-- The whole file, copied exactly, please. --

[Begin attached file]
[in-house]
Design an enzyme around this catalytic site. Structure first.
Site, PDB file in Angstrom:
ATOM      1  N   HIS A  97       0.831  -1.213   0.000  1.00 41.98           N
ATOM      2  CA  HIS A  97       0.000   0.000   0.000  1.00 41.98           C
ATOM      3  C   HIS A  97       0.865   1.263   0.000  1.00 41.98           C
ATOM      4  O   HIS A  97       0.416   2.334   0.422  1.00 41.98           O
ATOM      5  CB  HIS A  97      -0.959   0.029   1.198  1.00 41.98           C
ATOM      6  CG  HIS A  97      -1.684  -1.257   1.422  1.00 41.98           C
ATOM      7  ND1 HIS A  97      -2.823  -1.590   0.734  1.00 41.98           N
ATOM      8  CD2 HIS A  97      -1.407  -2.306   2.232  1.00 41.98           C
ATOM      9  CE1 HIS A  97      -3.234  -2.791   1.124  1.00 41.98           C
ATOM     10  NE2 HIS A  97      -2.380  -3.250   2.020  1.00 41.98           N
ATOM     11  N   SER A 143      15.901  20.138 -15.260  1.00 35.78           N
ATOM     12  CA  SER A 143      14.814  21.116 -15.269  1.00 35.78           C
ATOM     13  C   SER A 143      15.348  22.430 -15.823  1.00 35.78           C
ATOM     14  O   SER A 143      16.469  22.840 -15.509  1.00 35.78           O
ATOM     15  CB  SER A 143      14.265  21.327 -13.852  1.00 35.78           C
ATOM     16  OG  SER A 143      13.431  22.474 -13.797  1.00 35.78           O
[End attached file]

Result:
[in-house]
Design an enzyme around this catalytic site. Structure first.
Site, PDB file in Angstrom:
ATOM      1  N   HIS A  97       0.831  -1.213   0.000  1.00 41.98           N
ATOM      2  CA  HIS A  97       0.000   0.000   0.000  1.00 41.98           C
ATOM      3  C   HIS A  97       0.865   1.263   0.000  1.00 41.98           C
ATOM      4  O   HIS A  97       0.416   2.334   0.422  1.00 41.98           O
ATOM      5  CB  HIS A  97      -0.959   0.029   1.198  1.00 41.98           C
ATOM      6  CG  HIS A  97      -1.684  -1.257   1.422  1.00 41.98           C
ATOM      7  ND1 HIS A  97      -2.823  -1.590   0.734  1.00 41.98           N
ATOM      8  CD2 HIS A  97      -1.407  -2.306   2.232  1.00 41.98           C
ATOM      9  CE1 HIS A  97      -3.234  -2.791   1.124  1.00 41.98           C
ATOM     10  NE2 HIS A  97      -2.380  -3.250   2.020  1.00 41.98           N
ATOM     11  N   SER A 143      15.901  20.138 -15.260  1.00 35.78           N
ATOM     12  CA  SER A 143      14.814  21.116 -15.269  1.00 35.78           C
ATOM     13  C   SER A 143      15.348  22.430 -15.823  1.00 35.78           C
ATOM     14  O   SER A 143      16.469  22.840 -15.509  1.00 35.78           O
ATOM     15  CB  SER A 143      14.265  21.327 -13.852  1.00 35.78           C
ATOM     16  OG  SER A 143      13.431  22.474 -13.797  1.00 35.78           O